Well, that was painful. Two of the very best British actors have shown themselves to be out of step -- at the very least -- with what’s gong on around the Oscar diversity scandal. It’s tempting to shout at them, especially on the Internet, but the best retort is: Guys, please think about this a bit before you opine on it. Ask some questions. Try to figure out why actors of color are so frustrated. Then, either come up with something smart to say, or just defer and hold your tongue for a little while. Sometimes it’s better to listen to what other people are talking about.
What’s especially frustrating is that these are two actors who have – at least as professionals – adapted to changing times. As actors, they’re not stuck in the Swinging ‘60s. Politically, though, they don’t seem to be paying a lot of attention.
The Guardian has the most explosive comment, from Charlotte Rampling, the star of “The Night Porter” and 2015’s Oscar-nominated “45 Years.”
Asked for her take on the current furore over all-white lists of nominees on French Radio network Europe 1 on Friday morning, the British actor did not mince her words. “It is racist to whites,” she said.
“One can never really know, but perhaps the black actors did not deserve to make the final list,” added Rampling. Asked if the Academy of Motion Picture Arts and Sciences should introduce quotas, a proposal which no current advocate of increased diversity has mooted, she responded: “Why classify people? These days everyone is more or less accepted ... People will always say: ‘Him, he’s less handsome’; ‘Him, he’s too black’; ‘He is too white’ ... someone will always be saying ‘You are too’ [this or that] ... But do we have to take from this that there should be lots of minorities everywhere?”
The “everyone is more or less accepted” line is almost as bad as the “racist to whites” bit. Sure, in professional acting circles, overt racism is probably hard to find. But that doesn’t mean that actors of color (okay, that term sounds bureaucratic but there’s no better one) don’t face special difficulties. Young aspiring actors of color are more likely to come from neighborhoods with public schools that have cut arts education, and less likely to be able to rely on a network of family and school friends already in the business. Professionals still face incredible barriers inside the film industry over the kinds of roles they are offered, or even allowed to audition for. Not to mention everyday racism — when you try to hail a cab and fail, being respected by your peers doesn't help.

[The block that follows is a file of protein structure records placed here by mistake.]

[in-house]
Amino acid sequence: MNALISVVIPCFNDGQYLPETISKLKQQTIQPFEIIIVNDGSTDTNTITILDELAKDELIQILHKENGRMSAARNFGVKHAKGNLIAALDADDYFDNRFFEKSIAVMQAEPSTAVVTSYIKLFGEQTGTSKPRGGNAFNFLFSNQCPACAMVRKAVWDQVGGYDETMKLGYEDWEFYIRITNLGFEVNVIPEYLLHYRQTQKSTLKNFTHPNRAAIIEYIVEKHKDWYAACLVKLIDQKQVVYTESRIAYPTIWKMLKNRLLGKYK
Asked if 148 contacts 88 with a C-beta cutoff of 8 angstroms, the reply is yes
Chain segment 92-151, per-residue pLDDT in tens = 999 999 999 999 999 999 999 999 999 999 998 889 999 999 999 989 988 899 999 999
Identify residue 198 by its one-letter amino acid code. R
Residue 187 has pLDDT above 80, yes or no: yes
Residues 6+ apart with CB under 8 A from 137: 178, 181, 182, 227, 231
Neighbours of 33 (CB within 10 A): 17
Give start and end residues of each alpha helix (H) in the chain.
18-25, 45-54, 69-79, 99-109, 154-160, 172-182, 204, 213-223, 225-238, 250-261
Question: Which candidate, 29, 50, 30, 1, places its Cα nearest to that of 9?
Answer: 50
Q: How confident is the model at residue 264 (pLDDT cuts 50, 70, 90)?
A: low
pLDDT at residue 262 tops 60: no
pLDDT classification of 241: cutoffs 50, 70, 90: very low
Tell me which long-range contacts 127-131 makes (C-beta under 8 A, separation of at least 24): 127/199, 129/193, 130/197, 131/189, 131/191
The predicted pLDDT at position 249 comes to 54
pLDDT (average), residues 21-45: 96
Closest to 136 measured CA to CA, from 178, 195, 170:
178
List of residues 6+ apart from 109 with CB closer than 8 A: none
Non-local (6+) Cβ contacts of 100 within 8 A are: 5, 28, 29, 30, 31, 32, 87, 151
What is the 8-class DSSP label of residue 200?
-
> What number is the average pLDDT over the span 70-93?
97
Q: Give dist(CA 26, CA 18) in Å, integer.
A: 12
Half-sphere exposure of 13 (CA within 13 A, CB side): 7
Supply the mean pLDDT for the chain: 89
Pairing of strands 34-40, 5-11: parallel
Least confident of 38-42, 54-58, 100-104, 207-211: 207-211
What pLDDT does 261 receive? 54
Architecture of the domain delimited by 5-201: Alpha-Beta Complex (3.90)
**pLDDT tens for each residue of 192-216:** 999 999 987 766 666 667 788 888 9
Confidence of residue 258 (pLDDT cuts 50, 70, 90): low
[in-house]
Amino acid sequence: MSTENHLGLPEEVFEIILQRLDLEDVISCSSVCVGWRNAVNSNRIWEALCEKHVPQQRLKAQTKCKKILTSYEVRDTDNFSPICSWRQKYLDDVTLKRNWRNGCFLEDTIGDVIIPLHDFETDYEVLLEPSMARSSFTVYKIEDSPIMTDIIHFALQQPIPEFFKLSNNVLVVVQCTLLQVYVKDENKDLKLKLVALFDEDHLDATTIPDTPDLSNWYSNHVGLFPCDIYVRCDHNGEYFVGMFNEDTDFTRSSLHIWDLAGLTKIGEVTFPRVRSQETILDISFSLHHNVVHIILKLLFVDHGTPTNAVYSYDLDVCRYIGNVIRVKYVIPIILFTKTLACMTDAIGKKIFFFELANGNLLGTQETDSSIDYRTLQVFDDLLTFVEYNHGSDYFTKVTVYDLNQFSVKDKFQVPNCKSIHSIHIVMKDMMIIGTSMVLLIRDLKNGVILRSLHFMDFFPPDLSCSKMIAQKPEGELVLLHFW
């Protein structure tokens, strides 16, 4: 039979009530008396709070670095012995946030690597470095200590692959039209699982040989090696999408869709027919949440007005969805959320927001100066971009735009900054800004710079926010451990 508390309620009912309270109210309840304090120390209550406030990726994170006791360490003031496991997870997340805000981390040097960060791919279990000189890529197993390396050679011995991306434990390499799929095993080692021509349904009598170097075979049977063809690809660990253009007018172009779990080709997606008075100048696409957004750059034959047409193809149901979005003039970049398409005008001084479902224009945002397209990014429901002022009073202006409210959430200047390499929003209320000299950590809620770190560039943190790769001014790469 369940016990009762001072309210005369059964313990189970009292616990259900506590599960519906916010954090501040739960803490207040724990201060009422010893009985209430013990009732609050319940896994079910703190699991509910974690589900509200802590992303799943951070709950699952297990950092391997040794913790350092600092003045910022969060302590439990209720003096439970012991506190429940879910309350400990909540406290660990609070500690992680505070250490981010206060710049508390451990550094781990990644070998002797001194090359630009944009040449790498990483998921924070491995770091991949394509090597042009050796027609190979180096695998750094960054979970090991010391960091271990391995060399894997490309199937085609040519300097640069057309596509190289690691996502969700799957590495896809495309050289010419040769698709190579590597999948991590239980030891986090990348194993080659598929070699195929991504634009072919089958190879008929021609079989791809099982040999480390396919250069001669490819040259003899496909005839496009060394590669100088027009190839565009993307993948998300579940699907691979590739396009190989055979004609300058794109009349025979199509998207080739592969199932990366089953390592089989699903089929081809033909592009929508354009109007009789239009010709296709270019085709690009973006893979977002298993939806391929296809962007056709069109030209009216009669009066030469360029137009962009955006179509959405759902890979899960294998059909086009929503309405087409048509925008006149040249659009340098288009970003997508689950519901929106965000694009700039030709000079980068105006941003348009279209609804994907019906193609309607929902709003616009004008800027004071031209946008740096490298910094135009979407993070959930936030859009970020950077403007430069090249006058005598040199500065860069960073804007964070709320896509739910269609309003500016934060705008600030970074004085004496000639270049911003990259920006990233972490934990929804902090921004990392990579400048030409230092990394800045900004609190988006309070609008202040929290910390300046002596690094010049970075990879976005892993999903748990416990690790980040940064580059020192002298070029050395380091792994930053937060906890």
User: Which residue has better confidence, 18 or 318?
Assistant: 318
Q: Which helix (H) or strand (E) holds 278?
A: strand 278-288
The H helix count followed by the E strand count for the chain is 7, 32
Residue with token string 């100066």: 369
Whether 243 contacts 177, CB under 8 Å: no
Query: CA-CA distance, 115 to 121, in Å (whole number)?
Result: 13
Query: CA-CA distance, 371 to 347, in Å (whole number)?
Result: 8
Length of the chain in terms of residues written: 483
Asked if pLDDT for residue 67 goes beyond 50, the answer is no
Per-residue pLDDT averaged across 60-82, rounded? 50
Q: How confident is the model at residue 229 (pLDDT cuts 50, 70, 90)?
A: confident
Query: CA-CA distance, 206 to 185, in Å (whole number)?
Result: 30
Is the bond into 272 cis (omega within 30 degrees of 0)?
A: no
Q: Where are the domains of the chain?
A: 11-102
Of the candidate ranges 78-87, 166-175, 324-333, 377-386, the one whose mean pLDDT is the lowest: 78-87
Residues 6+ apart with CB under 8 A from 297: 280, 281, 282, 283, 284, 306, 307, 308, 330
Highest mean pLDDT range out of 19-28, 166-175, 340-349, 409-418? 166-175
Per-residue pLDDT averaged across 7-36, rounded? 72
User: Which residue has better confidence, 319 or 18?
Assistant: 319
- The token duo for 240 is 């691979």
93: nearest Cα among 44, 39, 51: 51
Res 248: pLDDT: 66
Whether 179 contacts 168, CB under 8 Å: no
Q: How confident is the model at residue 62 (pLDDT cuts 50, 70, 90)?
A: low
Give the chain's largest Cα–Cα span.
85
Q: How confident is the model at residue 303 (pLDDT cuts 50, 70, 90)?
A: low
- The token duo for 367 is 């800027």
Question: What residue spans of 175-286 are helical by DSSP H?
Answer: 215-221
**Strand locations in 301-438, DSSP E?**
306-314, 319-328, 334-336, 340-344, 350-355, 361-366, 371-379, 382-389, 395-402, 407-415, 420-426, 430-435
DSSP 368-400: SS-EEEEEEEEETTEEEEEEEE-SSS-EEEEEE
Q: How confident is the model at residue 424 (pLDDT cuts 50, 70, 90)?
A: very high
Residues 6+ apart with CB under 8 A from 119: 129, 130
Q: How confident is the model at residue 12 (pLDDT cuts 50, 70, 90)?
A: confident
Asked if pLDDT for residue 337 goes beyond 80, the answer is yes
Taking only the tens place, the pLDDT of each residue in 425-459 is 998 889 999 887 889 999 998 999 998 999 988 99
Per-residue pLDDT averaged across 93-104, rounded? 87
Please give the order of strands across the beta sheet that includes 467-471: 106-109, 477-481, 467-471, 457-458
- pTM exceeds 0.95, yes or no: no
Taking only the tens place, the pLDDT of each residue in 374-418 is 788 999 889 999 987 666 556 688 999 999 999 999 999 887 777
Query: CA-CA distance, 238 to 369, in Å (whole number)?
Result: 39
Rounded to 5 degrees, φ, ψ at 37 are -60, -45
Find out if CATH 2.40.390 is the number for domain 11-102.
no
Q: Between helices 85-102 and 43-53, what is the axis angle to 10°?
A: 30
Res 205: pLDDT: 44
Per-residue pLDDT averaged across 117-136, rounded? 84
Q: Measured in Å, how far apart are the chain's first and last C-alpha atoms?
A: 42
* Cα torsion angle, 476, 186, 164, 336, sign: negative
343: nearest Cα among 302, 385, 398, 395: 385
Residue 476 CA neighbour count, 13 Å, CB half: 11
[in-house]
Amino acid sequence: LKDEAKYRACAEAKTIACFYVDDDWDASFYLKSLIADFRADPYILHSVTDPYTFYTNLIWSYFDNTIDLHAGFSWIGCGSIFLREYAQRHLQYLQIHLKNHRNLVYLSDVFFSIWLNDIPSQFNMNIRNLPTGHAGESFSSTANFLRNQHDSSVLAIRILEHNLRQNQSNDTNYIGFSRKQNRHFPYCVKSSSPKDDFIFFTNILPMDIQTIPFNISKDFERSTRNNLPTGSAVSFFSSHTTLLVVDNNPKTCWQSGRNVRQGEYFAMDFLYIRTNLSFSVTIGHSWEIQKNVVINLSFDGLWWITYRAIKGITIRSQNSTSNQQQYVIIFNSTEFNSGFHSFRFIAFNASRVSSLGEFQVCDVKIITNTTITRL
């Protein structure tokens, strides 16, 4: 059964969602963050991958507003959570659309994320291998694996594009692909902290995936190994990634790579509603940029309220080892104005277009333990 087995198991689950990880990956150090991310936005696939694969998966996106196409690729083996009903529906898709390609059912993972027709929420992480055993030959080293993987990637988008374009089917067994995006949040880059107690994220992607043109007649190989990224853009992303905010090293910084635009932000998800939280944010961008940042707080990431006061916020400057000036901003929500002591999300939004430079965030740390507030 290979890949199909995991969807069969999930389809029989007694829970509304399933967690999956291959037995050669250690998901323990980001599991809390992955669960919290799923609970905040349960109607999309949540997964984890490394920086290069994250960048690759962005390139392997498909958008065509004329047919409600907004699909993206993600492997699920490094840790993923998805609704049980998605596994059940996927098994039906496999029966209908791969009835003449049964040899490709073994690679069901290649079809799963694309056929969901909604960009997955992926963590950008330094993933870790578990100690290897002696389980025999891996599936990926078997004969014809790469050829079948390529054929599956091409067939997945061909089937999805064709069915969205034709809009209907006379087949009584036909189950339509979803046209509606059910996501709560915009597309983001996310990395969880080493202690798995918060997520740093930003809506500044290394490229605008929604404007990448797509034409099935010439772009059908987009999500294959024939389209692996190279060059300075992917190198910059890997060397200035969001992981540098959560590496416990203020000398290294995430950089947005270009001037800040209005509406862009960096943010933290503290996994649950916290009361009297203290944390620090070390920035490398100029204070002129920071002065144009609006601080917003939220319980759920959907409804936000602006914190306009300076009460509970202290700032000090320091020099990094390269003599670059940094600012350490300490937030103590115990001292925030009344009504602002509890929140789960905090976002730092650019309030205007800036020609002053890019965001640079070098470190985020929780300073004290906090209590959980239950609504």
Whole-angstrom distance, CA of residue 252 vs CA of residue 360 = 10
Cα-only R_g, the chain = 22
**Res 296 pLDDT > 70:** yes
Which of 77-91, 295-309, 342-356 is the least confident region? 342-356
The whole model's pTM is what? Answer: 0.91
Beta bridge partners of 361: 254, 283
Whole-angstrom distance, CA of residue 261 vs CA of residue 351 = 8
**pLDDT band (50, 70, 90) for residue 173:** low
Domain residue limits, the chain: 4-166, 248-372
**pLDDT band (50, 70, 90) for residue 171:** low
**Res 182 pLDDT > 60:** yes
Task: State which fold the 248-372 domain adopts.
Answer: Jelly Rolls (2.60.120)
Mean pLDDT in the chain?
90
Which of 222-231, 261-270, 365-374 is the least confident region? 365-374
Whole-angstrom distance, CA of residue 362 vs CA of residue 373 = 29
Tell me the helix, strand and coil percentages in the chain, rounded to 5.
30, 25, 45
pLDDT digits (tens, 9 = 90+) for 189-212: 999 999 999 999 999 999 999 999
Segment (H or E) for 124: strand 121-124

No one expects Caine or Ramping to have all the answers to this: It’s perfectly reasonable to be uncomfortable and confused, as a lot of people are over the recent uproar. What does the Academy do, exactly, when its voters don’t nominate black, Latino, and Asian actors? What is the right balance of artistry and social progress? Will changing the number of nominees make a difference? How hard does the Academy need to work to recruit nonwhite actors?
There are no clear solutions on the issue right now. Some want to boycott, some think it’s best not to. Some want Chris Rock to resign in protest, some think he needs to stalk the stage and breathe fire. At this point, there is no consensus.
But to deny the problem, as Rampling is doing, is a bit weird, and to call it racist against whites is extreme: You can’t invert a power structure by just having a conversation, however high-pitched. Don’t white people run most of the studios, the theaters, and the other institutions that actors rely on?
The other British actor who’s put his foot in his mouth lately is Michael Caine, who made his name with “Alfie” and “Get Carter” and maintained his currency through the Austin Powers and Batman films as well as Christopher Nolan’s “Interstellar.” The Independent reports:
The double Academy Award-winner offered the advice to black actors to “be patient”. He added: “Of course it will come. It took me years to get an Oscar, years.”
Actors, let’s remember, are trained at playing people different from themselves. When we see a great performance, we want to like and trust the person giving it. We tend to think they’re brave, wise, perceptive, and everything else we value. But just as T.S. Eliot could be a great poet and a dedicated ant-semite, an actor can be accomplished in front of the camera and politically naïve or selfish or whatever the rest of the time. (If you’ve known an actor, this is not news to you.)
As for Caine and Ramping, there will surely be calls for their heads over the next few days, and that’s not fair either. Rampling is close to 70 and Caine in his 80s. They were raised in a different reality. How different are they than most other members of their generation? (April Reign, who started the #OscarsSoWhite movement, has called Caine’s comments “disappointing,” which will be one of the milder reactions.) We’ll all be out of step with something if we live long enough. Then again, the average age of Academy voters, who are also overwhelmingly white and male, is 63 — and calls to revamp Academy membership reflect an awareness of what those statistics can mean.
But the next time a mic is waved in their face, the best thing to do is to say that – like a lot of people – they are still struggling to figure out the problem and how to solve it. To say that actors of color need to wait their turn is clueless and to say that the current controversy is “racist to whites” is a line that Rampling, let’s hope, regretted soon after she uttered it.